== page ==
ACT News

A league of league table opponents attack comparison of My School results

Australian Education Union ACT secretary Glenn Fowler wants the newspaper to stop publishing school rankings.
Australian Education Union ACT secretary Glenn Fowler wants the newspaper to stop publishing school rankings. Photo: Supplied

The Australian Education Union's ACT secretary, Glenn Fowler, usually reads The Canberra Times. But he refuses to at this time of year – preferring instead to line the bottom of a bird cage with its annual league tables of school performance. 

Public education groups have again urged the newspaper to stop publishing rankings of all schools based on their NAPLAN results, which are detailed on the My School website.

The authority that runs the national website also condemns the practice.

The Australian Curriculum Assessment and Reporting Authority said it "opposes the use of simplistic league tables, which result in unfair comparisons between schools".

Mr Fowler said: "The Canberra Times' decision to again present student learning in terms of a sporting competition is disappointing. It is an unintelligent and inappropriate way to depict young people's learning.

"Parents deserve much better than this. They have a right to information about how schools are really performing.


"Attention-grabbing headlines and reductive graphics that pay no heed to the background students come from, the value schools add or the limits of the assessment instrument concerned, obscure the reality."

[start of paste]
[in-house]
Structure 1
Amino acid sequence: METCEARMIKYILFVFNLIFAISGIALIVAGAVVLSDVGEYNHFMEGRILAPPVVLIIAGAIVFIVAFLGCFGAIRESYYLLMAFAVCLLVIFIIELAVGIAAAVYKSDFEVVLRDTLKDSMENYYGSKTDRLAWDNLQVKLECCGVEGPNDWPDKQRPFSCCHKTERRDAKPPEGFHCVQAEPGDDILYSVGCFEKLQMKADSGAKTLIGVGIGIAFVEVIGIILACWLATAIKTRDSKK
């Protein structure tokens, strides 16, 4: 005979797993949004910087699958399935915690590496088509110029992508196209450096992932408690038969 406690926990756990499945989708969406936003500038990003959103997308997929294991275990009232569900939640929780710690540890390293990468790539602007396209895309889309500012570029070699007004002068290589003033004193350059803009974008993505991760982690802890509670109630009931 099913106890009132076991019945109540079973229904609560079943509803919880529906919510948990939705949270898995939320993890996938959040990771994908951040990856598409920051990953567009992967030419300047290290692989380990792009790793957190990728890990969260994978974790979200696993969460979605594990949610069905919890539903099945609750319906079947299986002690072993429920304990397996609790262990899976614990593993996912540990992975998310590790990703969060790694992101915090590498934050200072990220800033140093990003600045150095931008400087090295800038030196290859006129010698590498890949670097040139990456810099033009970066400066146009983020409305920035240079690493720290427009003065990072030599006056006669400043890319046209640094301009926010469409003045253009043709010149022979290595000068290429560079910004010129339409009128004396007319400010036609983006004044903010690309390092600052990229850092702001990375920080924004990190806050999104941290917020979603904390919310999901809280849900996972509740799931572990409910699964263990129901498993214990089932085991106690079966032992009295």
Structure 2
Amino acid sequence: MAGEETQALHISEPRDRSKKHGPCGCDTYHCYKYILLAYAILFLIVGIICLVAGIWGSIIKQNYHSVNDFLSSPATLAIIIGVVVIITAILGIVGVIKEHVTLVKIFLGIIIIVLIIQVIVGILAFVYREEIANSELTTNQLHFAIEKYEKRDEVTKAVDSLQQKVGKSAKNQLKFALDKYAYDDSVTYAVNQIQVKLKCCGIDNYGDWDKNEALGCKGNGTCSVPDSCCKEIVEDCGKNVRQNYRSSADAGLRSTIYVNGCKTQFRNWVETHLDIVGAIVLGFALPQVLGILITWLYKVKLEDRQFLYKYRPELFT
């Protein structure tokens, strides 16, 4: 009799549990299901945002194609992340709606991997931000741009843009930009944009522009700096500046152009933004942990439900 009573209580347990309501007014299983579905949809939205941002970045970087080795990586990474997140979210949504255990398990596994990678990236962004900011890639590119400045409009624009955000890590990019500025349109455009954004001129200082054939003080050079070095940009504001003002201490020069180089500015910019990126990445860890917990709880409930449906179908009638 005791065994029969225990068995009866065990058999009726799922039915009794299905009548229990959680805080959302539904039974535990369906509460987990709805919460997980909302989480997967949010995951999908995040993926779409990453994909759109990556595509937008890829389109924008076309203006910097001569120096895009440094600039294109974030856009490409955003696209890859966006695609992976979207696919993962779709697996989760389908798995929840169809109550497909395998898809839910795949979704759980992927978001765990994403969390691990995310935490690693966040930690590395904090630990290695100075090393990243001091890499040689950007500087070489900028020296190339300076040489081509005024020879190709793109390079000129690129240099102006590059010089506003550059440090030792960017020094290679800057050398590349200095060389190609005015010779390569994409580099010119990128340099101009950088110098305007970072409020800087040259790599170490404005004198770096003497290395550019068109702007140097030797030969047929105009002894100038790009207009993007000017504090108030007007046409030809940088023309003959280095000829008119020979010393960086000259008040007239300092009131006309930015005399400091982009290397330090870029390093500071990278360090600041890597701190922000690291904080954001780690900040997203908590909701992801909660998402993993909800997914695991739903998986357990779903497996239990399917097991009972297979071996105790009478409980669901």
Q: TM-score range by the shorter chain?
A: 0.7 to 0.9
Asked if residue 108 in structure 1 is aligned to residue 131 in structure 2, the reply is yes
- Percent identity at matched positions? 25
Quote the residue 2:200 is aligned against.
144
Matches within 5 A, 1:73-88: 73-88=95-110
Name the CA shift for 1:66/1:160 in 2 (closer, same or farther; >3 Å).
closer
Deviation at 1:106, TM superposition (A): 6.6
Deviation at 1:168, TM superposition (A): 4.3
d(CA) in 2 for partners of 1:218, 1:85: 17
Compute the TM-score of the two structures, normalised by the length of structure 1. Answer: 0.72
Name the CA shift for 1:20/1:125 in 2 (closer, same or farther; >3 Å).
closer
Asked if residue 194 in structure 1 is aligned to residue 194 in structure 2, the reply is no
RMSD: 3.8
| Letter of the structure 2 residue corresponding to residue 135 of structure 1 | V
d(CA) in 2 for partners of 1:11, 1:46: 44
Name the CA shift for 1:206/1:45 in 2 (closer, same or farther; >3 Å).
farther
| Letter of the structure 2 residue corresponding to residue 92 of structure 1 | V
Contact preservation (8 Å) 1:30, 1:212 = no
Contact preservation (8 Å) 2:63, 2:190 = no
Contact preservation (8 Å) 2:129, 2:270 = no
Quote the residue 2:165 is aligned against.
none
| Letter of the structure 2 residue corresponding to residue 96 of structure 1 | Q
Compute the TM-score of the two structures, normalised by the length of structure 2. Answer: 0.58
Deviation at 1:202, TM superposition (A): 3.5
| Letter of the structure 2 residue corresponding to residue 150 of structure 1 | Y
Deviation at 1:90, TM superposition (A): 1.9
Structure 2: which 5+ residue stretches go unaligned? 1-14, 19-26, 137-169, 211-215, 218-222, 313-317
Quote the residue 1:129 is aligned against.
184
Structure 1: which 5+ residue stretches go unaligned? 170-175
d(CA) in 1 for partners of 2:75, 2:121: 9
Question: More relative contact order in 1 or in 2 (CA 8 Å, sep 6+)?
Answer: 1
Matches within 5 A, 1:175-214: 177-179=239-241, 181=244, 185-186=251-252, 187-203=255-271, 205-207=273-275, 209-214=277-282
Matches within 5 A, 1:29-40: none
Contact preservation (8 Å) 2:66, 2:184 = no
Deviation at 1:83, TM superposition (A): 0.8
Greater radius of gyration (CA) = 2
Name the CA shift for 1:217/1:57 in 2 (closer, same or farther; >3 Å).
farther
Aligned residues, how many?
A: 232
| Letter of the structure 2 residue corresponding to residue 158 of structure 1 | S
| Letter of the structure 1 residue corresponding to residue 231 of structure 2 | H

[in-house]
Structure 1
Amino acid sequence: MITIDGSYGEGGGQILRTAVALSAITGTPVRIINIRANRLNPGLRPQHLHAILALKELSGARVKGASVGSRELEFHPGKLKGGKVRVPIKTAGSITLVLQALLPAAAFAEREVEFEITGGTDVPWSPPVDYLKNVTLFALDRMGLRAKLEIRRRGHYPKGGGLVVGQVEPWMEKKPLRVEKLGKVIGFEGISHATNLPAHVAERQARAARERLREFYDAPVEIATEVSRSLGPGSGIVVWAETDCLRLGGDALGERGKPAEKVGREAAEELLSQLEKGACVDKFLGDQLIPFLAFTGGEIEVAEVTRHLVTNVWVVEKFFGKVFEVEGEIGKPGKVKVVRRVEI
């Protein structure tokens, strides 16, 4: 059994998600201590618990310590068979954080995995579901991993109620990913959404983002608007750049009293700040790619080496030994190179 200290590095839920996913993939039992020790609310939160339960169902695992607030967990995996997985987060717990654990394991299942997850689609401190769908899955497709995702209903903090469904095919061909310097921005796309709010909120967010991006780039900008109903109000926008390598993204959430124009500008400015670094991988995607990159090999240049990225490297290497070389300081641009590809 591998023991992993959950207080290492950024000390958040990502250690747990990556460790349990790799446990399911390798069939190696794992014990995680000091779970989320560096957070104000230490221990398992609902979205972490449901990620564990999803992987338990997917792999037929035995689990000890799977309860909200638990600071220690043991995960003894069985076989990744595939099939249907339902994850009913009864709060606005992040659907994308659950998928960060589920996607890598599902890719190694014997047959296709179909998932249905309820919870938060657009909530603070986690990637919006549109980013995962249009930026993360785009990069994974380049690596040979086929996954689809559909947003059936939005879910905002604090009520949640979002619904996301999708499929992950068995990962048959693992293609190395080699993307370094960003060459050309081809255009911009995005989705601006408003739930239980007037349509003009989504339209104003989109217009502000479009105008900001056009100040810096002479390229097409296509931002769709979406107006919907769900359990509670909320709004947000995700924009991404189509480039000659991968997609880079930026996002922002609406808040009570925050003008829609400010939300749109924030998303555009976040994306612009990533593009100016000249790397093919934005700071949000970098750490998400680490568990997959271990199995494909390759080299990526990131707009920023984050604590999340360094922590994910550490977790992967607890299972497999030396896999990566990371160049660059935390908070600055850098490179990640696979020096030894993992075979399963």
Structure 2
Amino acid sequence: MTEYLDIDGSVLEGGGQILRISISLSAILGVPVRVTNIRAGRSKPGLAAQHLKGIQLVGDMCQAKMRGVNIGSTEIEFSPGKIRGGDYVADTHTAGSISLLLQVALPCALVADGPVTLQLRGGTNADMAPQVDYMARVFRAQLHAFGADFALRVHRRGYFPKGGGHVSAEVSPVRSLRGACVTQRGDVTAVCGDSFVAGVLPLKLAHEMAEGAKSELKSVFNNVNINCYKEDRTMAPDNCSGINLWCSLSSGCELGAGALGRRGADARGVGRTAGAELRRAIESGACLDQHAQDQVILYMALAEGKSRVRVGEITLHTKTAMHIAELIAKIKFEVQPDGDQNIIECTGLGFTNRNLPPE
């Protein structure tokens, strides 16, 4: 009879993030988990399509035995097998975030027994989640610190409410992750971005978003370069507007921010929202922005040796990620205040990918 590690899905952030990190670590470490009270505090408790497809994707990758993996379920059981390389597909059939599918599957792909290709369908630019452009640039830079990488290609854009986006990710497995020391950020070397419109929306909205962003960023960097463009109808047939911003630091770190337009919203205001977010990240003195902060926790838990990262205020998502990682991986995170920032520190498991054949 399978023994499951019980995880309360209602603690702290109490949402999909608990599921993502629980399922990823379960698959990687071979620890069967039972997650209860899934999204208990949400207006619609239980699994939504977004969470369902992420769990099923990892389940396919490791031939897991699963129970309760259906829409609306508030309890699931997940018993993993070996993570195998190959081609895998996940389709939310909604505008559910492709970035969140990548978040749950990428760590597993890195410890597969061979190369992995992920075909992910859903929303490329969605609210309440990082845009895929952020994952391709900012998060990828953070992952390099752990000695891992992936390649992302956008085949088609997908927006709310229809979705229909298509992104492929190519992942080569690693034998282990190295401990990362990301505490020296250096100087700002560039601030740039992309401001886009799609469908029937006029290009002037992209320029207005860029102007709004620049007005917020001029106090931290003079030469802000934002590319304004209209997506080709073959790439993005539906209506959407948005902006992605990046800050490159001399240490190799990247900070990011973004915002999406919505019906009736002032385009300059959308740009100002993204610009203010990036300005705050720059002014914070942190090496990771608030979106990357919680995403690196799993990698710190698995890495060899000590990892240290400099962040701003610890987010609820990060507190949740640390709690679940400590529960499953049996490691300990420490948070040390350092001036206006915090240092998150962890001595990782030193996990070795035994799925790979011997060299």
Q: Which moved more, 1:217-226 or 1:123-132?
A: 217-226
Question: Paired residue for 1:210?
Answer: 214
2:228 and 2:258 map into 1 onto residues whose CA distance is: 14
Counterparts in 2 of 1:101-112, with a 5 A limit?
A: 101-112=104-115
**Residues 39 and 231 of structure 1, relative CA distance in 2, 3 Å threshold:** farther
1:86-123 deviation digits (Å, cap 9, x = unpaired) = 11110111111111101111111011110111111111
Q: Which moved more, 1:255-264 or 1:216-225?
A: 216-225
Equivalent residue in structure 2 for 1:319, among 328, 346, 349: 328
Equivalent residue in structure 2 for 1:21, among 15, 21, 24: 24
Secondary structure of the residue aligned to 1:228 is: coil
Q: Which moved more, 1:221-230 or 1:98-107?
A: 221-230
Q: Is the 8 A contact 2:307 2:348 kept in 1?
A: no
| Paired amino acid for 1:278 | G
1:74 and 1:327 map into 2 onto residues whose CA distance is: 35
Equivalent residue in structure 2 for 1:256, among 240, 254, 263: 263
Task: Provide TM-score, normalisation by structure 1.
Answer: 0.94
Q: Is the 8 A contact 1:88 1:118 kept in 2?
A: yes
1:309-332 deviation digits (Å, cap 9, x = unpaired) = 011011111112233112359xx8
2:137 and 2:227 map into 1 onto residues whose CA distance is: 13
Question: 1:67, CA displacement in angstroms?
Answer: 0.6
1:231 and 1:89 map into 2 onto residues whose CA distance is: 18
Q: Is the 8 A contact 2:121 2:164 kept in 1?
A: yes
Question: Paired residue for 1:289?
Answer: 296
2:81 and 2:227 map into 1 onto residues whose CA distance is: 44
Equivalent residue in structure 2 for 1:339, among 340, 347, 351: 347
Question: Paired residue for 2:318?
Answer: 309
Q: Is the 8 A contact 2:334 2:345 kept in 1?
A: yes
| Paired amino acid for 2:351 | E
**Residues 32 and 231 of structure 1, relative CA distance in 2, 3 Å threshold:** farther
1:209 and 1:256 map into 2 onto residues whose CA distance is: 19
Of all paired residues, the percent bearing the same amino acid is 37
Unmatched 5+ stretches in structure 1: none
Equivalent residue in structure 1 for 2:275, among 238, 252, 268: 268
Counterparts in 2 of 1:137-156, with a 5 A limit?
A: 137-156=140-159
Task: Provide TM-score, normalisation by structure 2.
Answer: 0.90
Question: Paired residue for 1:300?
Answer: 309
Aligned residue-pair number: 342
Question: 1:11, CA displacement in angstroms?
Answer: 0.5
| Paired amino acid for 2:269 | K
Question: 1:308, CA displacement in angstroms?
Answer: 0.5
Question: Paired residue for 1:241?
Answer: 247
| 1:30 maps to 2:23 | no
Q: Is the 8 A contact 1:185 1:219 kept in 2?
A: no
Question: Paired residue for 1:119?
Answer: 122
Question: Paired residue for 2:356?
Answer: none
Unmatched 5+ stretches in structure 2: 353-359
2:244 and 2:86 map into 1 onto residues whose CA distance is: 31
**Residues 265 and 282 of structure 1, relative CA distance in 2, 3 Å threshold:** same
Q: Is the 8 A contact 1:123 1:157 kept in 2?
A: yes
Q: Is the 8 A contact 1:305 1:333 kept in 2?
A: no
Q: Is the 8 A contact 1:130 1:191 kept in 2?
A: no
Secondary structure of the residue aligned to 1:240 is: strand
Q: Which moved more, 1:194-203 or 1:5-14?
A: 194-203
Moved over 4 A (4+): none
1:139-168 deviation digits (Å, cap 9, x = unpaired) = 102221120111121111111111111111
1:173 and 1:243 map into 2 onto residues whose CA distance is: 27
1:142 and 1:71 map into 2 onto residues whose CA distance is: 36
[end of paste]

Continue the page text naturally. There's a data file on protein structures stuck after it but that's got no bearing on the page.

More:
Mr Fowler said he withdrew his own children from NAPLAN testing because of his deep philosophical opposition to the way in which the newspaper used the data.

"Educators are happy to be accountable for the job we do but we won't accept young children being humiliated in the process," he said.

"The league table approach involves labelling children as young as eight in the 'losers' category at the bottom of the ladder. Every year it delivers a demoralising blow to our most disadvantaged school communities.

"To make its league table, The Canberra Times uses results from a test that doesn't even purport to measure some of the highest goals of education.

"The NAPLAN tests don't measure critical and creative thinking, personal and social capability, ethical and intercultural understanding or even students' ability to use IT. Nothing about the league table approach acknowledges the narrow nature of this single measure," Mr Fowler said.

The ACT Council of Parents & Citizens Associations also condemned league tables.

Its spokesman, Hugh Boulter, said: "Listing schools by their average NAPLAN scores and suggesting the top school is the best is a fiction.

"League tables only show where a school's students are, not how far they have come. They don't show how far the school has taken them.

"This hides the excellent work which schools do with disadvantaged students."

"To compare schools with very different student backgrounds is not valid.

"This fact is recognised by the makers of the My School  website, from which The Canberra Times gets this data. My School does not allow direct comparisons to be made between schools with different student backgrounds. The Canberra Times gets around this by laboriously compiling data from each school and then comparing it in this crude way.

"Clearly, comparing the student population at an exclusive private school with those at a school in a disadvantaged area on the one table is not valid," Mr Boulter said.